8 months ago • 9:11 mins
All eyes were on Berkshire Hathaway over the weekend, as the home of investing guru Warren Buffett announced its latest quarterly results. But what really caught investors’ attention was Buffett’s reveal that just four companies make up 70% of the firm’s $311 billion stock market portfolio. So I thought I’d take a look at which ones they are, and what might be going through the Oracle of Omaha’s mind.
Credit card companies have a couple things going for them: credit card spending should pick up again now that the US government’s pandemic support for individuals is in the rearview, which should help push up non-loan fees too. These tailwinds should put credit card companies in a position to up their dividends and share buybacks.
For American Express, in particular, the return of business travel and entertainment spending could be a major bonus given its large corporate customer segment. The company reckons that overall travel and entertainment spending will get to 80% of 2019 levels by the end of this year, but corporate spending won’t recover until 2023. Any sooner, and that’d represent upside to current earnings estimates.
American Express is trading at 18.3x price-to-earnings (P/E) – well ahead of the US credit card peer group average of 8.3x. But while the latter is expected to show an earnings decline of over 20% next year, Amex’s earnings will likely remain flat, perhaps justifying its premium. Still, the wider US stock market is trading at 21.5x P/E and offering 8% earnings growth, so Amex’s stock doesn’t look particularly attractive, relatively speaking.
The investment case for Apple is a pretty exciting one: the company’s shifting from being hardware-focused to software-focused, primarily by ramping up a “services” business that currently represents 19% of revenue. That makes sense: its services segment – which includes the App Store, Apple Music, TV+, and more – generates a 70% gross profit margin compared to hardware’s 35%, so more services revenue means higher profits.
Trouble is, investors by now are wise to the opportunity. In fact, Apple’s stock is currently trading at 26.5x P/E – ahead of the average of US Big Tech firms and rival Samsung – and it’s only expected to grow its earnings 1% in the next year versus its peer group’s average 8%. So any long-term appeal is arguably offset by a high near-term valuation, as well as the fact that supply chain bottlenecks are slowing the delivery of new iPhones, denting hardware and software revenues and crimping Apple’s overall earnings growth.
Broadly speaking, banks are beneficiaries of the post-pandemic recovery: interest rates should rise in the next few years, helping banks earn more on their new loans. And given that the money that banks set aside last year in case of defaults is now being released, they should have excess cash to return to shareholders too.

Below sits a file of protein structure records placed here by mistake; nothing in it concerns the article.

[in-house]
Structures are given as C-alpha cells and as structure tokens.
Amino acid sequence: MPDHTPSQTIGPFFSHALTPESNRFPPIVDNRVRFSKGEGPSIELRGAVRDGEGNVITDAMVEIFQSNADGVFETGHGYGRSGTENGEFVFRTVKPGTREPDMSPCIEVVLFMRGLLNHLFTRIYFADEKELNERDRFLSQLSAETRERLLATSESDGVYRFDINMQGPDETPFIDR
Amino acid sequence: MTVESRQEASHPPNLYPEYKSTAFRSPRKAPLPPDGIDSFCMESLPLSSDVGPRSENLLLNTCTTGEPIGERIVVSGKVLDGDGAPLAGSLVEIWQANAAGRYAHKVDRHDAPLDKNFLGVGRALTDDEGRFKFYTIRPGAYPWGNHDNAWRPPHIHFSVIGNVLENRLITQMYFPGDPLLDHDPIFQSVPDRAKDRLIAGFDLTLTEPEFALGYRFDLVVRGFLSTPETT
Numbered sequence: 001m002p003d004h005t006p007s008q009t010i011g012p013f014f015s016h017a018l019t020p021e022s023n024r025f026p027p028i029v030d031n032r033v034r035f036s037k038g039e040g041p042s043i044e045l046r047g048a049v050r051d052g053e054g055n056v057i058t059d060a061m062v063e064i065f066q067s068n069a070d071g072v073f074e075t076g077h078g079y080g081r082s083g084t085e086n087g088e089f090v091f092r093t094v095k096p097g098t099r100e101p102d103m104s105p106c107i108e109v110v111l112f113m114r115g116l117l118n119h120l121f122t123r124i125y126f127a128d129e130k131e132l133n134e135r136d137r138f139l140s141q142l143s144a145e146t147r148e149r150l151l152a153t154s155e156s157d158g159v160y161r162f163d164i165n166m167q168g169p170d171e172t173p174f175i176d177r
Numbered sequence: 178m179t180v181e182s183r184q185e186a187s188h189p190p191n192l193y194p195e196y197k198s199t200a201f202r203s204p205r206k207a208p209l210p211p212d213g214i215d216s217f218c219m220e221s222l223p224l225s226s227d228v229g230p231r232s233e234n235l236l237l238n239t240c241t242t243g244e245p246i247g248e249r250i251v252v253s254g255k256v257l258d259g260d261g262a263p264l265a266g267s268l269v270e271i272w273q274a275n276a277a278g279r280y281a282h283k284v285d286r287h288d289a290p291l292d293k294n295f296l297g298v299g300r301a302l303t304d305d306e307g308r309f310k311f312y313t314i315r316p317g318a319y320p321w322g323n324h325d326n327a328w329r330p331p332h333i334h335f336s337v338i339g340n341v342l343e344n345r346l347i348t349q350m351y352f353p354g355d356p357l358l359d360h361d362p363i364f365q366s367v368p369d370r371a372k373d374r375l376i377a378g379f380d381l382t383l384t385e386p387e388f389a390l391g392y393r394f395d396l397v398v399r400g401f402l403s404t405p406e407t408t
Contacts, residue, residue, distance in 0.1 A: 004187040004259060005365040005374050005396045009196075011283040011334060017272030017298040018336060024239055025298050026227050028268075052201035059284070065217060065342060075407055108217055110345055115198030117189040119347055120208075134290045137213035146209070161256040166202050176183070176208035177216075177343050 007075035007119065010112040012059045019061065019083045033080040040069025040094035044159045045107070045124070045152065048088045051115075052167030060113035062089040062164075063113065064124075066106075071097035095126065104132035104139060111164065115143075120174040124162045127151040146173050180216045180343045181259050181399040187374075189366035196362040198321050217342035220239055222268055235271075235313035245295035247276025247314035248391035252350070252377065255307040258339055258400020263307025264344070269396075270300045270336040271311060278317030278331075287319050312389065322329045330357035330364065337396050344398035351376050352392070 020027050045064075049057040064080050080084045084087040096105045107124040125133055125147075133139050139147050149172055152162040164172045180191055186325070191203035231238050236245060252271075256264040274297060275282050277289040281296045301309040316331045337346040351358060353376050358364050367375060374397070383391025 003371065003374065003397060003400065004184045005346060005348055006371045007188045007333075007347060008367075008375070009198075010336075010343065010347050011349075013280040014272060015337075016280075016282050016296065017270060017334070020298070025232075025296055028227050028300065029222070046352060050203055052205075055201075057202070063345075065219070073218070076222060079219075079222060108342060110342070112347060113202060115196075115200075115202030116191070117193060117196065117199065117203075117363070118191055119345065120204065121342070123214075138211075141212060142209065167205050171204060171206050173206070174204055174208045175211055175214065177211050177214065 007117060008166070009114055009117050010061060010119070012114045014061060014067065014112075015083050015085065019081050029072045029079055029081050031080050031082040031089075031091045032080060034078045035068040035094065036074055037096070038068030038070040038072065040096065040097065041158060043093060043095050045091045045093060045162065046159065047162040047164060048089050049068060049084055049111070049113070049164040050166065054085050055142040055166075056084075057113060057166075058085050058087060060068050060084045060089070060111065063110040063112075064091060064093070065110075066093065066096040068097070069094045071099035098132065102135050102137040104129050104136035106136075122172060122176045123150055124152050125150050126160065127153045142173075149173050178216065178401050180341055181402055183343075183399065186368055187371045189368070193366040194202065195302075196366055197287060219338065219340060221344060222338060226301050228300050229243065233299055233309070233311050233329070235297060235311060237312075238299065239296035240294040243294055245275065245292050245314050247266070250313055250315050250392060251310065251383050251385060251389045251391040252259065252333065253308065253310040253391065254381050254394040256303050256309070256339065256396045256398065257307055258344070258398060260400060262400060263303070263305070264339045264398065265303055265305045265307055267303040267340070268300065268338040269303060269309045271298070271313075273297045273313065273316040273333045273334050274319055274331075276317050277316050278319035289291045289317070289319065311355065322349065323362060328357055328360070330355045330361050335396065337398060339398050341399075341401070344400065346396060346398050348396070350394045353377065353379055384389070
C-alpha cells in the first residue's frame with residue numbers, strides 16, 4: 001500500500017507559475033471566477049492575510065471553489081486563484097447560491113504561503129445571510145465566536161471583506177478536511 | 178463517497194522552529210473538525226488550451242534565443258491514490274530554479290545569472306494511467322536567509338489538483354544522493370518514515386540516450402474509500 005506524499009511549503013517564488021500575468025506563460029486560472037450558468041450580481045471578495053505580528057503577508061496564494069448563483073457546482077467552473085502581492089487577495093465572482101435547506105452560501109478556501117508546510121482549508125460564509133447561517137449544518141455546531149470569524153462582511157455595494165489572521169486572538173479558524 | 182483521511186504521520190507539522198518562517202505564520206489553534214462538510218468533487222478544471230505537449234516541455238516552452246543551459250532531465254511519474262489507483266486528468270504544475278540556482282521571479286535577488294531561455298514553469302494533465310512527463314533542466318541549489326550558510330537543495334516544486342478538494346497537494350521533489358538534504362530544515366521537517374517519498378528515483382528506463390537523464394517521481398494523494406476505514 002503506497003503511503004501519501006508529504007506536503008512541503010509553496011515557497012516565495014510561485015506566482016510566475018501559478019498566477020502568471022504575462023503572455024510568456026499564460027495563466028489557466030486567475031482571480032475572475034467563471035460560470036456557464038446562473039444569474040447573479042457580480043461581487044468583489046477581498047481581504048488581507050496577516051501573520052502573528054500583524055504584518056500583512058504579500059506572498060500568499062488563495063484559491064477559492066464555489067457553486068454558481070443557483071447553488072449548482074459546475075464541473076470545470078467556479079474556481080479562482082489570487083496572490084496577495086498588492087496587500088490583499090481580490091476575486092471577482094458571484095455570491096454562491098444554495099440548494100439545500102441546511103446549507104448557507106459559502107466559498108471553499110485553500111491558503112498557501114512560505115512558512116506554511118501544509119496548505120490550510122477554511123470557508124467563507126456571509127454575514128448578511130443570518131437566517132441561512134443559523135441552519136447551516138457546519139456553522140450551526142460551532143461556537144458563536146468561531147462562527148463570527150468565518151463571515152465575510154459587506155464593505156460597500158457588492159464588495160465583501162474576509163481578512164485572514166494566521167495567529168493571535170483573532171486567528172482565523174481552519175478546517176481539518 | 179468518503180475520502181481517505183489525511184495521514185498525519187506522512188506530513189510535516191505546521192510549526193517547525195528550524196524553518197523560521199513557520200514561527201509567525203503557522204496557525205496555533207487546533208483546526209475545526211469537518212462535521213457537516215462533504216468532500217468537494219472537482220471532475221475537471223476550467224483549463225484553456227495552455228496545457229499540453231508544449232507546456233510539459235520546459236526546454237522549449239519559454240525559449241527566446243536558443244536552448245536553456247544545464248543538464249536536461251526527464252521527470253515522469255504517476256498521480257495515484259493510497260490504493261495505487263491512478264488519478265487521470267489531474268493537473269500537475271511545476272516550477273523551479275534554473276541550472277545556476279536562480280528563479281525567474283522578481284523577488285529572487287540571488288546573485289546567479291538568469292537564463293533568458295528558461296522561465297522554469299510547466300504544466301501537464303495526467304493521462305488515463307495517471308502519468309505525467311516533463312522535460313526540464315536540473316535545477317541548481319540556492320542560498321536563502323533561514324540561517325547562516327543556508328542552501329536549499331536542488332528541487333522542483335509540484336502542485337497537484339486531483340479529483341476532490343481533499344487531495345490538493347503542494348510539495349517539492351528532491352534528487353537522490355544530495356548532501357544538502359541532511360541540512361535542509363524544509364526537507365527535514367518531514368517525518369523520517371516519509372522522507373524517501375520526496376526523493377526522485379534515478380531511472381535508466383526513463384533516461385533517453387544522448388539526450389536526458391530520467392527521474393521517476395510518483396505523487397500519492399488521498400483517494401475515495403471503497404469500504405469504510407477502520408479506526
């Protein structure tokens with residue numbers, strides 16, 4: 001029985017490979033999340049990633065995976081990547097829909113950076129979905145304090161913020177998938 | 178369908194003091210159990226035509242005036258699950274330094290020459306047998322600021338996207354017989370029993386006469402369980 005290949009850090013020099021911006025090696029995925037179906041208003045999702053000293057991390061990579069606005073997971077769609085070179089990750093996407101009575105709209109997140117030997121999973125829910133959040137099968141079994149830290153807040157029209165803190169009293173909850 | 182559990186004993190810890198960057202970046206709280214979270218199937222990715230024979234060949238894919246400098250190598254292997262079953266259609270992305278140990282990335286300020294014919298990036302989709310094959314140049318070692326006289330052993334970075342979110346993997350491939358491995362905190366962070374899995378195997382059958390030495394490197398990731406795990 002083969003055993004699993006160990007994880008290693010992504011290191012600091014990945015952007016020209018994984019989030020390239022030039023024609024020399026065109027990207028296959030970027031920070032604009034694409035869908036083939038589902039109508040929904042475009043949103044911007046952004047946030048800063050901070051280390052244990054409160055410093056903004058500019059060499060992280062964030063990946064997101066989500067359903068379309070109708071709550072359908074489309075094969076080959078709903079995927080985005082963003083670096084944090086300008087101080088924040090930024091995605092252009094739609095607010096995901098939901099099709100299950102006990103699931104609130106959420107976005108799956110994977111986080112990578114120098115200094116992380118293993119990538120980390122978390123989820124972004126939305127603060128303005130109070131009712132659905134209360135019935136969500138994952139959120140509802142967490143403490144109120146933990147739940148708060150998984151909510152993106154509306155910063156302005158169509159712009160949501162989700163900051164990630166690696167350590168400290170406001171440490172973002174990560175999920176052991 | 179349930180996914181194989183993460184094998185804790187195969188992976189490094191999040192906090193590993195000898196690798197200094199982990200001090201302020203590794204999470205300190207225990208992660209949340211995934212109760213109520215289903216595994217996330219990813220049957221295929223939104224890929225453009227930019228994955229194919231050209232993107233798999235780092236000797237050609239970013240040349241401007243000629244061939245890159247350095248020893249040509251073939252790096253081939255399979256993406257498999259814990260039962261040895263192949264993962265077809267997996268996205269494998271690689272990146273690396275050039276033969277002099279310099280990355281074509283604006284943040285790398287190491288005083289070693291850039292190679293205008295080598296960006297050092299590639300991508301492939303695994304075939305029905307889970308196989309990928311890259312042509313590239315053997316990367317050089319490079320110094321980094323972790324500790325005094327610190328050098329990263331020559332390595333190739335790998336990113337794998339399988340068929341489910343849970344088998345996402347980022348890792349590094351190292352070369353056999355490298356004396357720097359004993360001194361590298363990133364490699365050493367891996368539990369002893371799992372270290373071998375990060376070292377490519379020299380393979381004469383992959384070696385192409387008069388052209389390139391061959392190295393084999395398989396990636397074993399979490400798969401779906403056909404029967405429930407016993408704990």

Bank of America specifically should also benefit from “operating leverage” next year, where revenue rises faster than costs. That would boost profit and leave even more cash for dividends and buybacks.
Bank of America’s stock is currently trading at 14.7x P/E, making it the most expensive of the large US banks. Analysts are also expecting it to shrink its earnings by 9% next year, which is slightly more than the peer group average. So with a higher valuation and lower growth than other US banks, Bank of America’s stock doesn’t appear particularly convincing right now.
Coca-Cola’s products have been in high demand ever since entertainment hotspots opened up again, but the company’s not resting on its laurels: it doubled its marketing budget from 2020 and launched a massive soda ad campaign for the first time in five years last quarter. And the blitz seems to have worked: the company’s organic revenue – without the effects of currency swings and acquisitions – grew by a better-than-expected 14% last quarter compared to the same time last year.
There’s another reason to be keen on Coke right now: it’s a consumer staples company, meaning it sells goods that customers need no matter what. That bodes well in these high-inflation times, since it allows Coke to pass higher costs onto customers without losing them to competitors. And that’s exactly what it’s been doing: the company upped the average price of its products by 6% last quarter, and it still sold 6% more than the same time last year. Throw in Coke’s recent purchase of Bodyarmor, and there’s an argument for even higher earnings growth to come.
Coca-Cola’s currently trading at 23.6x P/E compared to its major US drink-making rivals at 27.2x, and it’s expected to grow its earnings by over 6% next year versus its rivals’ 7%. With Coke’s shares seemingly at a discount and potential upside to come from its recent purchase of Bodyarmor, Buffett might be right: now could be a good time to buy.
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